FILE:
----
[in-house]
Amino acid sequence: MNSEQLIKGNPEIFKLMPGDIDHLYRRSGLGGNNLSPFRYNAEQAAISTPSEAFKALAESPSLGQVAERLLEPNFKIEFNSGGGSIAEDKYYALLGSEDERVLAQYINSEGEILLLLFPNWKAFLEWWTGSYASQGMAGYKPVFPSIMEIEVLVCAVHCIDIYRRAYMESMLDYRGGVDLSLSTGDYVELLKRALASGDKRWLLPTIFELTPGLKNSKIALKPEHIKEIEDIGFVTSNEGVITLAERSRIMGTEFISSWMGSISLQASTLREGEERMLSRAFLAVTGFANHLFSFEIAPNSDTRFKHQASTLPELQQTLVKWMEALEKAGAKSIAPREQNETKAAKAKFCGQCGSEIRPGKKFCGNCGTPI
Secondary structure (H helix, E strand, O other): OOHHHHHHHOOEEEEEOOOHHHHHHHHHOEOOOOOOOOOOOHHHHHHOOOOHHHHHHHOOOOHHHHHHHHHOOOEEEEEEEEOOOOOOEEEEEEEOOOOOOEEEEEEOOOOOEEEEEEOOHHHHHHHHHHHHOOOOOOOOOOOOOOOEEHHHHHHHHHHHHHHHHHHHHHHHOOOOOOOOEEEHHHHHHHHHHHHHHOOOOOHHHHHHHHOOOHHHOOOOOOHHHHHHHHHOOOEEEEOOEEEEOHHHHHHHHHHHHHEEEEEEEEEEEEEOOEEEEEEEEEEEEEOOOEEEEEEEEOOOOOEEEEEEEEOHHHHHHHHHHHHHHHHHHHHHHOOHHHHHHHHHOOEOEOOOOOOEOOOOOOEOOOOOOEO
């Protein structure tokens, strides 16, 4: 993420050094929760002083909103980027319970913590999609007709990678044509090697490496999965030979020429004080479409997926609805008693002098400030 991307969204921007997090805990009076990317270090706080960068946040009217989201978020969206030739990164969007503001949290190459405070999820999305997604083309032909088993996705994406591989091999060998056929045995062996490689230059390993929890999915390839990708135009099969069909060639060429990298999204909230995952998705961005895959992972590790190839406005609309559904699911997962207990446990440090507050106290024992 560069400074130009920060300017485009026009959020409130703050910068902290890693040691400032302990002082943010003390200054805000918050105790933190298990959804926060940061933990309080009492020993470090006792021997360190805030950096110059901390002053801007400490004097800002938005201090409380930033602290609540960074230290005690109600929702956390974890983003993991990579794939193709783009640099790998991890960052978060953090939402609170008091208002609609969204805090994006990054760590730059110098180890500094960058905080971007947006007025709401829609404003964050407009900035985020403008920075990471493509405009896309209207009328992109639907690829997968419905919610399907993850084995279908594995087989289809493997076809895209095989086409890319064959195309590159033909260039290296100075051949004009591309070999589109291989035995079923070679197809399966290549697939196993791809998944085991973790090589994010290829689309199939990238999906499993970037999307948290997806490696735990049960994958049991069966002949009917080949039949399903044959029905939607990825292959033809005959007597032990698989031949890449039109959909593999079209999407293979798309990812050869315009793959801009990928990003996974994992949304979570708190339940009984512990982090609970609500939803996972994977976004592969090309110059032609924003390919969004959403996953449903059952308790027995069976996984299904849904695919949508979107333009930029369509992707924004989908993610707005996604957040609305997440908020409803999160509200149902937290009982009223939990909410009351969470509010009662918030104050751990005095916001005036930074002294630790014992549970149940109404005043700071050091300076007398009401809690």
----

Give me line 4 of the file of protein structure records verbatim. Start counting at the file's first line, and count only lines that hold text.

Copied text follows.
């Protein structure tokens, strides 16, 4: 993420050094929760002083909103980027319970913590999609007709990678044509090697490496999965030979020429004080479409997926609805008693002098400030 991307969204921007997090805990009076990317270090706080960068946040009217989201978020969206030739990164969007503001949290190459405070999820999305997604083309032909088993996705994406591989091999060998056929045995062996490689230059390993929890999915390839990708135009099969069909060639060429990298999204909230995952998705961005895959992972590790190839406005609309559904699911997962207990446990440090507050106290024992 560069400074130009920060300017485009026009959020409130703050910068902290890693040691400032302990002082943010003390200054805000918050105790933190298990959804926060940061933990309080009492020993470090006792021997360190805030950096110059901390002053801007400490004097800002938005201090409380930033602290609540960074230290005690109600929702956390974890983003993991990579794939193709783009640099790998991890960052978060953090939402609170008091208002609609969204805090994006990054760590730059110098180890500094960058905080971007947006007025709401829609404003964050407009900035985020403008920075990471493509405009896309209207009328992109639907690829997968419905919610399907993850084995279908594995087989289809493997076809895209095989086409890319064959195309590159033909260039290296100075051949004009591309070999589109291989035995079923070679197809399966290549697939196993791809998944085991973790090589994010290829689309199939990238999906499993970037999307948290997806490696735990049960994958049991069966002949009917080949039949399903044959029905939607990825292959033809005959007597032990698989031949890449039109959909593999079209999407293979798309990812050869315009793959801009990928990003996974994992949304979570708190339940009984512990982090609970609500939803996972994977976004592969090309110059032609924003390919969004959403996953449903059952308790027995069976996984299904849904695919949508979107333009930029369509992707924004989908993610707005996604957040609305997440908020409803999160509200149902937290009982009223939990909410009351969470509010009662918030104050751990005095916001005036930074002294630790014992549970149940109404005043700071050091300076007398009401809690």